Local Government Employee Union Contracts for Every Michigan County and 28 Largest Municipalities Available Online

Assembled collective bargaining contracts will allow residents to scrutinize pay, benefits, work rules for police, therapists and ‘comfort station matrons’

For Immediate Release
Tuesday, Sept. 6, 2011
Contact: Paul Kersey
Director of Labor Policy
Michael D. Jahr
Vice President for Communications

MIDLAND — Collective bargaining agreements for all 83 Michigan counties and the state’s 28 largest municipalities (cities and townships) are now compiled and available online, Mackinac Center Director of Labor Policy Paul Kersey announced today. The database contains contracts for nearly every collective bargaining unit in these locales.

“Union contracts are one of the biggest drivers of the cost of government in Michigan,” said Kersey. “But the public is rarely — if ever — told what all the terms are, or what the contracts are like for nearby communities. This new database will allow residents to see the compensation and work rules for their local government employees and compare those with neighboring or similar communities. It will be a great tool for taxpayers who want to hold their local elected officials accountable.”

Among the many things the contract database reveals is the sheer complexity of managing government workforces. Perhaps the most striking example of this is the city of Detroit, where 29 separate contracts cover more than 750 work classifications, including “comfort station matrons,” “aquarists,” “recreation specialists” and “tree artisan helpers.”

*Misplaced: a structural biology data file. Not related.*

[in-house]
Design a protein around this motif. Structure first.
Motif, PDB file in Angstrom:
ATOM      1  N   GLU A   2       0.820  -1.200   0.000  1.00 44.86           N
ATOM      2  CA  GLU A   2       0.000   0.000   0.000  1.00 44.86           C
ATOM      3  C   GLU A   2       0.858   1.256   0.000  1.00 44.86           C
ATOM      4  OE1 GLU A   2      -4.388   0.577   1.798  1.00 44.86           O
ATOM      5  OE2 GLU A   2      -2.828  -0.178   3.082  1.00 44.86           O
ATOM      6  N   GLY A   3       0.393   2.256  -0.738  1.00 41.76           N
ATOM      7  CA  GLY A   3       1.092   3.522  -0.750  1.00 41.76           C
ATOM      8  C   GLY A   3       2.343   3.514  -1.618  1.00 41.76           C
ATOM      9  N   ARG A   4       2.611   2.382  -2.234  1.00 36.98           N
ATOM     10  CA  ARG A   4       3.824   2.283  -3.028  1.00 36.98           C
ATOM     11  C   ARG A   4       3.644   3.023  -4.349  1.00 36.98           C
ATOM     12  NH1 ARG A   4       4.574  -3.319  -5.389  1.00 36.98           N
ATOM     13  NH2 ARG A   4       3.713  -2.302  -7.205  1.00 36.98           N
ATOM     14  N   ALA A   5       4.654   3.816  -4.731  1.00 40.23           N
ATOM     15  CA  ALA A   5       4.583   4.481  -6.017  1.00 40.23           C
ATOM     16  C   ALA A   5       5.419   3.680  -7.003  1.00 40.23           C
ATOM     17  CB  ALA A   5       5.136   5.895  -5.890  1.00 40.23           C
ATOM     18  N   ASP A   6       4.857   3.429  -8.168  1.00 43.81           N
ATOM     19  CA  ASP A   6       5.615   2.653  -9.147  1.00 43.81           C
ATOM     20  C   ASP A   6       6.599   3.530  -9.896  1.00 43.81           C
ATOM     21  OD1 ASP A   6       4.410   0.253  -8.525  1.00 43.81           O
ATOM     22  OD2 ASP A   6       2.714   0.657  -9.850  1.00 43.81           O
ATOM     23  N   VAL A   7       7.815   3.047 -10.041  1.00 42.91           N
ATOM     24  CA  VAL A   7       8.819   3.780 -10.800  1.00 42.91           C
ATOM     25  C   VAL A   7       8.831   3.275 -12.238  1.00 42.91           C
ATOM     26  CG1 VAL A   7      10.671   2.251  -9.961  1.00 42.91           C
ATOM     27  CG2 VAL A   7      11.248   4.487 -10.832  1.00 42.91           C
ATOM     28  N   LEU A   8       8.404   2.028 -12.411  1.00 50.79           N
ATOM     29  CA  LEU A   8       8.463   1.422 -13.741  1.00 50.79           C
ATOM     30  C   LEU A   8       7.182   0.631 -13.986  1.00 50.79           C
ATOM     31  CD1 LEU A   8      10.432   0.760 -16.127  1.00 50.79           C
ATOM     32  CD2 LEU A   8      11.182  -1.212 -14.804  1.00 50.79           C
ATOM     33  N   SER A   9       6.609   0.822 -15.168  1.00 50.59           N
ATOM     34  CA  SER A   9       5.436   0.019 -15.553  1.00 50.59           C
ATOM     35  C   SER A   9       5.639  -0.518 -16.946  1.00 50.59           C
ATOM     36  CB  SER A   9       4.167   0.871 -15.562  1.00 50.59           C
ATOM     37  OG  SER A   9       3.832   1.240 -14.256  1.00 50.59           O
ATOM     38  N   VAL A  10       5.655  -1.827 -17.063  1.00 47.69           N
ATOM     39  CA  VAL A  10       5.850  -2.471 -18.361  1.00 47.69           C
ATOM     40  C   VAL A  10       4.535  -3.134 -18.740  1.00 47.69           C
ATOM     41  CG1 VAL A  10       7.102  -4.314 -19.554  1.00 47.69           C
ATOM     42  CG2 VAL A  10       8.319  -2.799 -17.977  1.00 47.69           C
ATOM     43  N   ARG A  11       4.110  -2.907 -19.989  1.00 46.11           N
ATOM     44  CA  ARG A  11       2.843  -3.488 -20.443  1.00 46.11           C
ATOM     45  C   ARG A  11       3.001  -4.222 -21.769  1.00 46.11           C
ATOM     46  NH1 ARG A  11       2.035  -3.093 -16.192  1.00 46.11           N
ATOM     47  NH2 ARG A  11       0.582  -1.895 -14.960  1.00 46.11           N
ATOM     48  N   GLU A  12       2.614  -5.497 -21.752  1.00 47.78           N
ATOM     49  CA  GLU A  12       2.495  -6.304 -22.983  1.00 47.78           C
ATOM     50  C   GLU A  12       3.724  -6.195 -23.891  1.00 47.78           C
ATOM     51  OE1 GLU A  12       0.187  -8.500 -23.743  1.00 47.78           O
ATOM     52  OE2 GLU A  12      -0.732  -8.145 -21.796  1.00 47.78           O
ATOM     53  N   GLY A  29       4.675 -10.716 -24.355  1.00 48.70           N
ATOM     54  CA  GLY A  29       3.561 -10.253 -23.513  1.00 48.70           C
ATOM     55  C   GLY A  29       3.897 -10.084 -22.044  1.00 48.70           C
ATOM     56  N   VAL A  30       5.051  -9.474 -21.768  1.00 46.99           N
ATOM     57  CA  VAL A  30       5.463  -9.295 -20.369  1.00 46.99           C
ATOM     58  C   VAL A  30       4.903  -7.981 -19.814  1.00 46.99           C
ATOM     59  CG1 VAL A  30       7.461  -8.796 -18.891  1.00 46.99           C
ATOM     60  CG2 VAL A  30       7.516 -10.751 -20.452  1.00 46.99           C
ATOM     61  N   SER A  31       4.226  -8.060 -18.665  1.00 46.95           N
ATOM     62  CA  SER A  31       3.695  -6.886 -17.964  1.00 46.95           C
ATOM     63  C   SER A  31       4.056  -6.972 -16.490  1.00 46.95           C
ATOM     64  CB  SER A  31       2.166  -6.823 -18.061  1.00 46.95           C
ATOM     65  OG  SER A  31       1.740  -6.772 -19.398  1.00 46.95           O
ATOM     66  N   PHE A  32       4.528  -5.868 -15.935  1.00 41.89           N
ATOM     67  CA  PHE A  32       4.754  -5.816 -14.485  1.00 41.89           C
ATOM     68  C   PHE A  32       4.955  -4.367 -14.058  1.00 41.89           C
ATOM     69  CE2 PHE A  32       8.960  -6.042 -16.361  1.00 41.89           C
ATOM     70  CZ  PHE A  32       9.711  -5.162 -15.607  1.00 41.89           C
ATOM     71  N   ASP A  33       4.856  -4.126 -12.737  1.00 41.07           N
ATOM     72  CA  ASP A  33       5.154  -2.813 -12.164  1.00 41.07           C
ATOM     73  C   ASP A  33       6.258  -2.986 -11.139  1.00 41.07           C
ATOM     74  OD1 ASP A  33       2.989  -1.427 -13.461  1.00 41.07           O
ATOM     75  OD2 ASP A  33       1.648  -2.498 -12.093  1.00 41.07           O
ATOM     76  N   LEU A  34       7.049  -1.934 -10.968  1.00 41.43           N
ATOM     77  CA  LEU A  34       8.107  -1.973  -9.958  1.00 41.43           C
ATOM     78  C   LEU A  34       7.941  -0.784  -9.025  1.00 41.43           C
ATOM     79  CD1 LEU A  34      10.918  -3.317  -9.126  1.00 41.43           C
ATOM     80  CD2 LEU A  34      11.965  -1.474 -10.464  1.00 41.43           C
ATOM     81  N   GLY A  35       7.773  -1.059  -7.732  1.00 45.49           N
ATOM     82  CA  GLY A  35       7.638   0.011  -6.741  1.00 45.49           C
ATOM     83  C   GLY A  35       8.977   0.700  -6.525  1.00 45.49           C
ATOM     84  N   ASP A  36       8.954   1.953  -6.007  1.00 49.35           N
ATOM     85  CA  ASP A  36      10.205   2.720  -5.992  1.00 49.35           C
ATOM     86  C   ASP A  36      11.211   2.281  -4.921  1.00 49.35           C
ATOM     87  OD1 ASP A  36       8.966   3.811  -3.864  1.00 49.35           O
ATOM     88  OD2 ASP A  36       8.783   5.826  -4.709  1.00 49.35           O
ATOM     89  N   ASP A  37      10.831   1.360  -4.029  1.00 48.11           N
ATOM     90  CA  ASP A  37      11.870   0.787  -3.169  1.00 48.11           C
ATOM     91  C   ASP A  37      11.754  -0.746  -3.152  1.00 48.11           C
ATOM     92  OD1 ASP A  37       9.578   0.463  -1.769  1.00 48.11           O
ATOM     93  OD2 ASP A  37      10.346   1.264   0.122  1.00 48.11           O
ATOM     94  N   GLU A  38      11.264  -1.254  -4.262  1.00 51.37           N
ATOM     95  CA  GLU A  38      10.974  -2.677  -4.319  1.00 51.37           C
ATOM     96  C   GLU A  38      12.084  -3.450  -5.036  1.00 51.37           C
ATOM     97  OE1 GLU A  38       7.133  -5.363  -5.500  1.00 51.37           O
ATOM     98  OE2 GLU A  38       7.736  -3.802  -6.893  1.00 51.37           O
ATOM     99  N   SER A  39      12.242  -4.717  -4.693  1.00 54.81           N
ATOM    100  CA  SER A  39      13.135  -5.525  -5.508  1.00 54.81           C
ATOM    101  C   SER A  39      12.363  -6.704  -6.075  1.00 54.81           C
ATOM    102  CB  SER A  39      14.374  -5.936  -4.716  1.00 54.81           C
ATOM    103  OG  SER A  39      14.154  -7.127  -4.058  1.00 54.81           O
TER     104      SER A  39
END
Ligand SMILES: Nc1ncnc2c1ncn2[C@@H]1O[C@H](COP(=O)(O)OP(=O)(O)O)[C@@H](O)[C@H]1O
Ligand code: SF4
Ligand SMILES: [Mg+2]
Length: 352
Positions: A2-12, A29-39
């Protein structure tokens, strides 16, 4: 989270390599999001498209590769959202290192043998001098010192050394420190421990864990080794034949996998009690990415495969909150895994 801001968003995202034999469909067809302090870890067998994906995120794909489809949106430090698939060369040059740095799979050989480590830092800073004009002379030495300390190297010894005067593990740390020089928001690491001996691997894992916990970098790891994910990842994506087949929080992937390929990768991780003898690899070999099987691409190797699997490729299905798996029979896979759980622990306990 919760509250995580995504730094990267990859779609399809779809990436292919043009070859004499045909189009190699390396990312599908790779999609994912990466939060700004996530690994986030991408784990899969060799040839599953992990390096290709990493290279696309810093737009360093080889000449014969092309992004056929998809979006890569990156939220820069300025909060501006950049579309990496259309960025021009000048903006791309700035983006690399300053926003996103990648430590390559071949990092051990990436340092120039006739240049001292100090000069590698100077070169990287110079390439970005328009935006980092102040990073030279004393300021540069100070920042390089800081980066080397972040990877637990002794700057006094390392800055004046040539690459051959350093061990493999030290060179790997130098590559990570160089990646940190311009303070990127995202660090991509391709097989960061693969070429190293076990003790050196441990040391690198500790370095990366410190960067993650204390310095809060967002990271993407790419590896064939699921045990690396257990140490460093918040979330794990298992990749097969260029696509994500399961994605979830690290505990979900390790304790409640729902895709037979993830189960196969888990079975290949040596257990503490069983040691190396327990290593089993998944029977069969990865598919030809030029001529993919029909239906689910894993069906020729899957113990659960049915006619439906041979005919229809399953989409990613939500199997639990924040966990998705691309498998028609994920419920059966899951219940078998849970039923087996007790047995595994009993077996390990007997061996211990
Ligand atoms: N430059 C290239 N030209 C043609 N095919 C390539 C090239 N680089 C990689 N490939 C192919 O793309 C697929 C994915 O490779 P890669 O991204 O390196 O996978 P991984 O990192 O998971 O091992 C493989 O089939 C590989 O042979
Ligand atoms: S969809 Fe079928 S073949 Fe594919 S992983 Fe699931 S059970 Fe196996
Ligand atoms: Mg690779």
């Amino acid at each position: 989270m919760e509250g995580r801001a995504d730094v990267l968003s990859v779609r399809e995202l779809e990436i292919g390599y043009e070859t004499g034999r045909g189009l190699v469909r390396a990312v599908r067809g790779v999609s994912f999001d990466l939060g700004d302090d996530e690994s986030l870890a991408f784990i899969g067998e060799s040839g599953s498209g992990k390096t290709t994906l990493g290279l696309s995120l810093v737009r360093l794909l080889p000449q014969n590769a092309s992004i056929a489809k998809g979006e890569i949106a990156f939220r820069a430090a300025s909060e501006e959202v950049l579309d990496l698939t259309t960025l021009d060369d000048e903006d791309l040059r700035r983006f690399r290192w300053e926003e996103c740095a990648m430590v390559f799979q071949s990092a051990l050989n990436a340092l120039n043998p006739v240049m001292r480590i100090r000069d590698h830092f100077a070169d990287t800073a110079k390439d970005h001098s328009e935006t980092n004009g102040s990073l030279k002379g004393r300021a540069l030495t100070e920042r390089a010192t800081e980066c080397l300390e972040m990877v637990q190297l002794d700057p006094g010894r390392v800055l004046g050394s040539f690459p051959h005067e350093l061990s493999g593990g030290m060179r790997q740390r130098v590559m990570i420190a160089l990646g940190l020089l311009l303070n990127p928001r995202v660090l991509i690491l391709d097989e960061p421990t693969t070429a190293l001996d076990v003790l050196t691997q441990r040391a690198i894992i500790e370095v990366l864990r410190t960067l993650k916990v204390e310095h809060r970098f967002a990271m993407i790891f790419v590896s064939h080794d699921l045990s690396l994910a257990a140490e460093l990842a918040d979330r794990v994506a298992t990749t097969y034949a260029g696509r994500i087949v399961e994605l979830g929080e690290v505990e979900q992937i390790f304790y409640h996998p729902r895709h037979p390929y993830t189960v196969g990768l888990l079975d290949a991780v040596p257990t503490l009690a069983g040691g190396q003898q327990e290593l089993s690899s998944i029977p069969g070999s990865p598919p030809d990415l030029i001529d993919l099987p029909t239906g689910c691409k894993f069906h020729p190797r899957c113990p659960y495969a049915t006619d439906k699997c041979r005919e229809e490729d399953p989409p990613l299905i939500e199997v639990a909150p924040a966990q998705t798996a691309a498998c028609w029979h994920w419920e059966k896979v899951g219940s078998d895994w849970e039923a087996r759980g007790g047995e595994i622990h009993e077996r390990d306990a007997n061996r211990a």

Research on government costs indicate that as much as 80 percent of the cost of government is related to personnel. Government employee compensation and other collective bargaining issues have been at the heart of several statewide debates this year, including the state budget, the emergency financial manager law, employee contributions toward health care and teacher tenure rules. Public-sector collective bargaining was first allowed under the Public Employment Relations Act, which was enacted in 1965.

“Collective bargaining under PERA does not serve the public interest,” said Kersey. “A lot of municipalities’ fiscal problems result from inflated wages and benefits, and restrictive work rules. As Michigan residents and policymakers see what’s in these contracts, there likely will be greater interest in making changes to unionized government to restore fiscal sanity.”

The database can be found at: http://www.mackinac.org/15392.